Blessed is anyone who endures temptation. Such a one has stood the test and will receive the crown of life that the Lord has promised to those who love him.

~~~James 1:12

Many are the afflictions of the righteous,

  but the Lord rescues them from them all.

~~~Psalm 34:19

Who will separate us from the love of Christ? Will hardship, or distress, or persecution, or famine, or nakedness, or peril, or sword?

~~~Romans 8:35

‘Blessed are those who are persecuted for righteousness’ sake, for theirs is the kingdom of heaven.

‘Blessed are you when people revile you and persecute you and utter all kinds of evil against you falsely on my account

~~~Matthew 5:10-11

This is my comfort in my distress,

  that your promise gives me life.

~~Psalm 119:50

For he has graciously granted you the privilege not only of believing in Christ, but of suffering for him as well—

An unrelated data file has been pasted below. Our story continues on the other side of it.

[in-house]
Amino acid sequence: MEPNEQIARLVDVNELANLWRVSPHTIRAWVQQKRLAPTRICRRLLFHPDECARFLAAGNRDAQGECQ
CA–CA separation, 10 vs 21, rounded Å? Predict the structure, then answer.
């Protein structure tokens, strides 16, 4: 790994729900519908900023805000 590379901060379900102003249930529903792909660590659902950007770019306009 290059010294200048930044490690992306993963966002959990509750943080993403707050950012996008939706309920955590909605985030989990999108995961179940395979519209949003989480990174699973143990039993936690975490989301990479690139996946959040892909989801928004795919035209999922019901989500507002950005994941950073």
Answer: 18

~~~Philippians 1:29

LORD, I pray that you will comfort me in my suffering and allow it to strengthen and teach me. Help me to overcome the pain that I bear this moment and allow me to offer it to you as a part of my faith journey. Let me be tempered as the iron is tempered by the heat of the fire. I will then go forward stronger and more resolved to be your servant.

Amen

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What Can We Gain ?

What can we gain by sailing to the moon if we are not able to cross the abyss that separates us from ourselves? This is the most important of all voyages of discovery, and without it all the rest are not only useless but disastrous.

— Thomas Merton